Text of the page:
FIG. 1 is a perspective view of a conventionally made cigarette; and

FIG. 2 is a perspective view illustrating the different components used to make a cigarette.

Repeat use of reference characters in the present specification and drawings is intended to represent same or analogous features of elements of the invention.

DETAILED DESCRIPTION OF THE PREFERRED EMBODIMENTS

It is to be understood by one of ordinary skill in the art that the present discussion is a description of exemplary embodiments only, and is not intended as limiting the broader aspects of the present invention which broader aspects are embodied in the exemplary construction.

The present invention is generally directed to a process for increasing the wet tensile strength of porous plug wrap paper used in the construction of smoking articles. The process includes the addition of a ketene dimer composition applied at the wet-end of the papermaking process followed by the addition of a polymeric binder at the dry-end of the papermaking process.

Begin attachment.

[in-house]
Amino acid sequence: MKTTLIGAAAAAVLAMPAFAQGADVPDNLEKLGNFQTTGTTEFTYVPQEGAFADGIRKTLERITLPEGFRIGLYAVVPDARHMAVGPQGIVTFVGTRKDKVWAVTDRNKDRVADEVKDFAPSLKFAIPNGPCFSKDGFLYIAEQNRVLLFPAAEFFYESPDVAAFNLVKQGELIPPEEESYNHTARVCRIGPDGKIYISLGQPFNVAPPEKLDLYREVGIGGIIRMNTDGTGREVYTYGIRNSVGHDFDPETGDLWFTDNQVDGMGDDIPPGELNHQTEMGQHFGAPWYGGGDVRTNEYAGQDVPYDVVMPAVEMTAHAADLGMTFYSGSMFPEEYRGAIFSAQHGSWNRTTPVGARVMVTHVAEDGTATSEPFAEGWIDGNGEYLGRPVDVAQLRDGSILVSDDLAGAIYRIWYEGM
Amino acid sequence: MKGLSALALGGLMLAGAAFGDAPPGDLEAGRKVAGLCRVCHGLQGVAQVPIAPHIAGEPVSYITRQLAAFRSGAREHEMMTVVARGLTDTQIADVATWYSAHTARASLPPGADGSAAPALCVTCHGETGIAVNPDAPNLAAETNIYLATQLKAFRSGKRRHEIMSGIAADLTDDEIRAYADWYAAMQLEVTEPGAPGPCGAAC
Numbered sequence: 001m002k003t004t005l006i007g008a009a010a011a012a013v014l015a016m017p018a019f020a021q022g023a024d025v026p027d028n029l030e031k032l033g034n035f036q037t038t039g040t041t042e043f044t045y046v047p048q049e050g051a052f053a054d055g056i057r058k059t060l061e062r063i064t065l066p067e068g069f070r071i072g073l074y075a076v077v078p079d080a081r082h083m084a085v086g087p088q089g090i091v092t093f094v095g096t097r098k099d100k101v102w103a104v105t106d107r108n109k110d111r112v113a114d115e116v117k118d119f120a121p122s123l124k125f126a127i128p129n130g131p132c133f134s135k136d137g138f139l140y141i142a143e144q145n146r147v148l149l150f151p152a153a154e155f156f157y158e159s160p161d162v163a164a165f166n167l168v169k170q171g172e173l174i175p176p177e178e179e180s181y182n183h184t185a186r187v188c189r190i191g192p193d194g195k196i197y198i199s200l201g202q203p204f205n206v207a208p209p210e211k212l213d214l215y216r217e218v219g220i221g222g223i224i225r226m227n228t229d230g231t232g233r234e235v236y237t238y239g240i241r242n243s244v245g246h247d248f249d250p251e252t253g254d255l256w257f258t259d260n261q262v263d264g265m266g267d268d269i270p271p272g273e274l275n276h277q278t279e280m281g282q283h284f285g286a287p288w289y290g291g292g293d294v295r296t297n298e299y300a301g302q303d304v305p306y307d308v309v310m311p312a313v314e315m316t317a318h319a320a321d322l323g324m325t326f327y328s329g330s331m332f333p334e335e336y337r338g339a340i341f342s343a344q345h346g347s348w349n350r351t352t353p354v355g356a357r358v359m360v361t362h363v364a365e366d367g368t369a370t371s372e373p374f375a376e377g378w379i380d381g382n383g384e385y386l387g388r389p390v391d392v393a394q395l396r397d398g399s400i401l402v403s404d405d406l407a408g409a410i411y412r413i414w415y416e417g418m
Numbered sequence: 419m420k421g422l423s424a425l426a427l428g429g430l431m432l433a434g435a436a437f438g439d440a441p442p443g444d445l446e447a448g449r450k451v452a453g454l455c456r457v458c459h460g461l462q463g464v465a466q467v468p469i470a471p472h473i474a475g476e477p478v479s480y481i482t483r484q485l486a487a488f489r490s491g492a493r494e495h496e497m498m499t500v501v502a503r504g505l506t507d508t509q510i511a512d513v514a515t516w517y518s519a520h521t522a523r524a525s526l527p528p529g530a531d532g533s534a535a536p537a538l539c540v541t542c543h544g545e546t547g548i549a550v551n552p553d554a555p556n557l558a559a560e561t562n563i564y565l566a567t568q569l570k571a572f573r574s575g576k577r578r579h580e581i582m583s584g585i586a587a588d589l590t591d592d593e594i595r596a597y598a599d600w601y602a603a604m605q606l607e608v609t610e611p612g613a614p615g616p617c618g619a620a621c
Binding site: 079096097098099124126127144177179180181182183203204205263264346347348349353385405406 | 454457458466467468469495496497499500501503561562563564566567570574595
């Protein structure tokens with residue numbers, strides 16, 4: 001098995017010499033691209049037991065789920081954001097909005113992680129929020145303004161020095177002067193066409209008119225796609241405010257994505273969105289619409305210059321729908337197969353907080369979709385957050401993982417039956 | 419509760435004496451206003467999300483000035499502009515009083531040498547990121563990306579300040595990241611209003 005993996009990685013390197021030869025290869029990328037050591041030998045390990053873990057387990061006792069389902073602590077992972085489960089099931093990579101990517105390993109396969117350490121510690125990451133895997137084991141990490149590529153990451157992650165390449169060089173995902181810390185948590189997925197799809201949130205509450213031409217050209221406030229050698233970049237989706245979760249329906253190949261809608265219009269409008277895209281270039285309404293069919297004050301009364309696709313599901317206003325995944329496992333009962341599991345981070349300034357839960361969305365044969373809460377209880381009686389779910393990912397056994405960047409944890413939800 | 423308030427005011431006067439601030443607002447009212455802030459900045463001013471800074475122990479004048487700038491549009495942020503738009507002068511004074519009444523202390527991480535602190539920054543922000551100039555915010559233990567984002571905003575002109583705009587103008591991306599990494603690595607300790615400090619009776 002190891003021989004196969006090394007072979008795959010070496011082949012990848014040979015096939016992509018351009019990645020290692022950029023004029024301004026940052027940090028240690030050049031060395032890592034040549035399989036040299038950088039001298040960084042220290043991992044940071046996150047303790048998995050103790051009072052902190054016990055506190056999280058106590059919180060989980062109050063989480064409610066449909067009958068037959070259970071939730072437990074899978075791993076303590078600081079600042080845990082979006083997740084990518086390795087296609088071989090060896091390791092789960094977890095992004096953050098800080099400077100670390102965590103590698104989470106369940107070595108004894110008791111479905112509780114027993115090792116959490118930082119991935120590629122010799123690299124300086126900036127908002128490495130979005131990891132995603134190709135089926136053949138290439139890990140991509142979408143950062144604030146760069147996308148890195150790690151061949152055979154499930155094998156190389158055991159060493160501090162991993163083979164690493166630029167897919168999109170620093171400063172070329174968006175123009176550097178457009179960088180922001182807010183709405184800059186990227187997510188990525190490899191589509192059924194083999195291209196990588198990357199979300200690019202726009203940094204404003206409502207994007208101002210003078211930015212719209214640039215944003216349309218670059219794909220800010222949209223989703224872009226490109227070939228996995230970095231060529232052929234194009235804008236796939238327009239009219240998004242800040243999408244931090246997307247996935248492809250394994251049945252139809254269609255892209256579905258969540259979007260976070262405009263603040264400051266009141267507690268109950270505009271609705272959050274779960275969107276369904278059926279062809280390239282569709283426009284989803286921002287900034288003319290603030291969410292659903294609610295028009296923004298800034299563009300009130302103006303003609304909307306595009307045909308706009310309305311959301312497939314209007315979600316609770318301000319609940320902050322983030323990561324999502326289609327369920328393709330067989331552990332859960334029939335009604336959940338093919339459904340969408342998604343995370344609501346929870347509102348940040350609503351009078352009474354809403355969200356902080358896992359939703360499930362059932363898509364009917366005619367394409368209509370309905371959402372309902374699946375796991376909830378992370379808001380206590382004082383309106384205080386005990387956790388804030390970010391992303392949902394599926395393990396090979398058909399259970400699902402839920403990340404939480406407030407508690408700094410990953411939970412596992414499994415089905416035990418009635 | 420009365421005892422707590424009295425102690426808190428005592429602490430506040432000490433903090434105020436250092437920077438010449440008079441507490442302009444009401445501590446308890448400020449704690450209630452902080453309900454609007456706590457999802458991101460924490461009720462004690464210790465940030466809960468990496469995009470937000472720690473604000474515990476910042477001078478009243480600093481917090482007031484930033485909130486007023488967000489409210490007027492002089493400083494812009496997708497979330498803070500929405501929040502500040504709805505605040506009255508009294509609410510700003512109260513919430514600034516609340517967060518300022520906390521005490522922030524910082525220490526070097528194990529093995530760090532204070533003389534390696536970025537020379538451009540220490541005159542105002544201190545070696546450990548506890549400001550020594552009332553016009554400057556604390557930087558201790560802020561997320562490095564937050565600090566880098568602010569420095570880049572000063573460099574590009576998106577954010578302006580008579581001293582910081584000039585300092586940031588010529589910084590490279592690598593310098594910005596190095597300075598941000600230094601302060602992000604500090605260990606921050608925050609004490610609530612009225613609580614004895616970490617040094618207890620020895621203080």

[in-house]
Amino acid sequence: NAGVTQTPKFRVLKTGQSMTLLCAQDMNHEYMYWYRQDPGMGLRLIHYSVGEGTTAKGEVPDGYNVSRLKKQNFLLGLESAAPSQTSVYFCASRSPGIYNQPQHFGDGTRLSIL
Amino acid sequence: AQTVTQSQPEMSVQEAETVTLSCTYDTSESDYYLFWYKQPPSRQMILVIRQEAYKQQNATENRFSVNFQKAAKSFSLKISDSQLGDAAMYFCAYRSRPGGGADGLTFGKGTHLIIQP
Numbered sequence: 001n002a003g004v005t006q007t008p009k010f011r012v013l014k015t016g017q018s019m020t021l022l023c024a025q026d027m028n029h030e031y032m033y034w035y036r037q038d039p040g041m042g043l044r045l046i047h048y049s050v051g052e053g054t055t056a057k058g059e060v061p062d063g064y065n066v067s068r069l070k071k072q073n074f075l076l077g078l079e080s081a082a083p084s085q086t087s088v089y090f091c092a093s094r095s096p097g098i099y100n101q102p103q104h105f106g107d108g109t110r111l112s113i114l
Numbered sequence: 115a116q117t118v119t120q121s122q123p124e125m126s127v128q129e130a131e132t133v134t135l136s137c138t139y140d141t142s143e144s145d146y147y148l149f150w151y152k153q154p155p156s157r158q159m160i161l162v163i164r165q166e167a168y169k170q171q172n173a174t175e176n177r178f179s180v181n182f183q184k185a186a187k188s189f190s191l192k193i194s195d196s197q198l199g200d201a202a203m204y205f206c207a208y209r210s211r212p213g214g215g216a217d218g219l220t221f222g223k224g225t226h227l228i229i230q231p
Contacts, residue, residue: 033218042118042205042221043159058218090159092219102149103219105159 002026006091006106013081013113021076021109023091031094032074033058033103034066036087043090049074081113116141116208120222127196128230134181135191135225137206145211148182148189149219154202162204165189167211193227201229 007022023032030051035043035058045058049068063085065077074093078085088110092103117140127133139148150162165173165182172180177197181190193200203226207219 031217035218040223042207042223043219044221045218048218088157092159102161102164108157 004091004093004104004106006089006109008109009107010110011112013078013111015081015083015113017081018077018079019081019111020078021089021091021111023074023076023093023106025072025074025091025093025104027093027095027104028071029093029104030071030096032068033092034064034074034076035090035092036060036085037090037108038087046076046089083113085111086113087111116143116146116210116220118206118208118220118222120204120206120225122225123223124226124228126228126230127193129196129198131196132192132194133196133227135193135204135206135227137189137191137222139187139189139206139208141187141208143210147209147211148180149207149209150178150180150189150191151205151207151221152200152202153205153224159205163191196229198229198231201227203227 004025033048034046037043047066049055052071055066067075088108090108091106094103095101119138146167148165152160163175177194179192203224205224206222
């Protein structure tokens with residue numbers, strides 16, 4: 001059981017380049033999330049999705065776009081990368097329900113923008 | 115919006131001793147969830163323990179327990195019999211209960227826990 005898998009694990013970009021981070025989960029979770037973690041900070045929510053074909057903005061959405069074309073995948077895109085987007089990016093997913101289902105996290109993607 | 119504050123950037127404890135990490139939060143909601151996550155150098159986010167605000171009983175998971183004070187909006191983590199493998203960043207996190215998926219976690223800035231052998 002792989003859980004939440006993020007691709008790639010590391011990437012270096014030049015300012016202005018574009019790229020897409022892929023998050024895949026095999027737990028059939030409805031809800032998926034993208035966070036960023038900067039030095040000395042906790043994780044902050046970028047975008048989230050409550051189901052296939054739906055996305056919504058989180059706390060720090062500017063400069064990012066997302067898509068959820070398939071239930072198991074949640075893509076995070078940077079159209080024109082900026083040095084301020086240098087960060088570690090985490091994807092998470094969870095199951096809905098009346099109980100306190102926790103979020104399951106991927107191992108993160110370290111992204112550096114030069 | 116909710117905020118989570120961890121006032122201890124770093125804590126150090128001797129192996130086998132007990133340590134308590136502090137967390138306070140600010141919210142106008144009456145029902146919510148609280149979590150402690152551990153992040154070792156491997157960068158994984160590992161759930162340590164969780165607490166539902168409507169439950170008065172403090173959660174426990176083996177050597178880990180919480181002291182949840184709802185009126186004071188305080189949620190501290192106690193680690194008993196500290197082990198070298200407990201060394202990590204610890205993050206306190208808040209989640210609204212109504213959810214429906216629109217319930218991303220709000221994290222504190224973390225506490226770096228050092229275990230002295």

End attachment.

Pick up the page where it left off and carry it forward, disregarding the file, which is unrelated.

Porous plug-wrap paper made in accordance with the present invention not only has improved wet tensile strength, but is also made without using cross-linking agents or other ingredients that are currently being scrutinized as possibly being environmentally unfriendly. Wet tensile strength is measured in percent retention which is the percent of original tensile strength retained after the paper has been wetted. Porous plug wraps made in accordance with the present invention can have a wet tensile strength retention greater than 20% and even greater than 30% in some applications. For instance, thus far, porous plug wraps have been made having a wet tensile strength retention from about 20% to about 35%. Such high wet tensile strength retention properties allow for a decrease in the amount of diameter variation and/or complete breaching of the porous plug wrap during the production of smoking articles.